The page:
Beastars and the Pain of Forbidden Love
Beastars shows the difficulty of love between incompatible people. Whether it's requited or not, sometimes denying that love is how to love someone best.
Holding out Hope in Parks and Recreation
People's shortcomings make us jaded, but we're all works in progress. Patience in light of that helps us find and stoke the potential for good in us all.
Why is Blasphemous Media Important?
Christians should be careful in their motives and guard their hearts with blasphemous media, but it can strengthen their faith, witness, and love of others.
Social Distancing and Death Stranding
For many introverts, quarantine life amid the coronavirus can feel normal. But Death Stranding reminds us to value both alone time and in-person fellowship.
Rationalizing Evil in Doom
Despite Doom's satire, its portrayal of demonic influence is hardly unbelievable with characters showing evil cannot be used for good nor excused.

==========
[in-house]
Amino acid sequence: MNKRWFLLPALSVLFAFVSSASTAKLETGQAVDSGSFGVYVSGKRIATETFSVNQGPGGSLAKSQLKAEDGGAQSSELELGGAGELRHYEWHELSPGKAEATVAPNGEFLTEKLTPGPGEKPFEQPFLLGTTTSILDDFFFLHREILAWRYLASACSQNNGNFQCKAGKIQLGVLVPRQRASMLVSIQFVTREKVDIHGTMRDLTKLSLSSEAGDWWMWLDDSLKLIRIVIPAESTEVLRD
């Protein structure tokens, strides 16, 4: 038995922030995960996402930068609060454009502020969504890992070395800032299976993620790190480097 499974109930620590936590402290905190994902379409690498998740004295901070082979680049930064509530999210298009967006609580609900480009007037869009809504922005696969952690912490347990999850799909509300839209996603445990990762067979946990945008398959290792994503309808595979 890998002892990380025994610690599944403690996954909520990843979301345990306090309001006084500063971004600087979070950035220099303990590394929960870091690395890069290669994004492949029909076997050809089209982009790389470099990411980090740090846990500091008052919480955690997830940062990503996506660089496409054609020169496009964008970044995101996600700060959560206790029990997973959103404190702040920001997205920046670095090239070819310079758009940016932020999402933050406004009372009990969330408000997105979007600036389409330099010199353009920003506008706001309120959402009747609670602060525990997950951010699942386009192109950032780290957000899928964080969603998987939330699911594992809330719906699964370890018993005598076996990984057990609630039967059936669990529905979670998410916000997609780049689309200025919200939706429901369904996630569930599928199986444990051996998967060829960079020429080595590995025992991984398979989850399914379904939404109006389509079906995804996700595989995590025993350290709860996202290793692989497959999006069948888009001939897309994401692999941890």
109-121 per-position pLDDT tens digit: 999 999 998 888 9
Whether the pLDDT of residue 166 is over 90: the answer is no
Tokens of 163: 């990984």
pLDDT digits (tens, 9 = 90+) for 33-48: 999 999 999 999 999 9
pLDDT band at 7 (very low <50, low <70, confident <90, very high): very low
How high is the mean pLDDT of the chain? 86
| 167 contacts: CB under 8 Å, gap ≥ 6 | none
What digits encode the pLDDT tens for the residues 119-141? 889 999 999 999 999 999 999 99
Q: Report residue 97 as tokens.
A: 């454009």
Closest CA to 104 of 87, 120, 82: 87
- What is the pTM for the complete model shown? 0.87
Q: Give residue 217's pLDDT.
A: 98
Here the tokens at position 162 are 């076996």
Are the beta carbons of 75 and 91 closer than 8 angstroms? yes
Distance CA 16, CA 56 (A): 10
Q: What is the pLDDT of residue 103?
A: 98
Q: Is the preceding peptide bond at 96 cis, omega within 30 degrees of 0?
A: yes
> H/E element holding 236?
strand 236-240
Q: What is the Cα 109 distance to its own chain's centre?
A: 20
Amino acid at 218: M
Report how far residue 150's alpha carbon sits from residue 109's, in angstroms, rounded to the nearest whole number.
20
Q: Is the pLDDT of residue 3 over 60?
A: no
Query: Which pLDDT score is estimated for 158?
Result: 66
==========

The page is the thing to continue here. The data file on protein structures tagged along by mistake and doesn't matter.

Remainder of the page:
The Witcher and the Nature of Legends
Legends are embellished, twisted, and even dishonest about the people they venerate. Netflix's The Witcher shows how, even still, we need them all the same.
The Divine Ritual of Rest in Death Stranding
Hideo Kojima's Death Stranding is a clarion call for the need of making self-care an intentional practice in a world of ever-increasing workaholism.
Skywalker Saga Reflections – Star Wars: Episode III – Revenge of the Sith
Joey Thurmond writes how Star Wars: Revenge of the Sith illustrates the danger of moralizing without love and why the best of us can fall so far without it.
Looking Back at the Black Hole: Reflections on the Fortnite Publicity Stunt
With Epic Games’s most recent PR stunt and the launch of Fortnite Chapter 2, LTN writers share their perspectives on the Black Hole Event. From appreciation to critique, writers Zach Carpenter, Ryan Eighmey, and Joey Thurmond discuss what the Black Hole Event has meant to them.
Untitled Goose Game and Schadenfreude
We exhibit glee at the silly mistakes and misfortune of others, but how much is too much? Untitled Goose Game prompts reflection upon our love of mischief.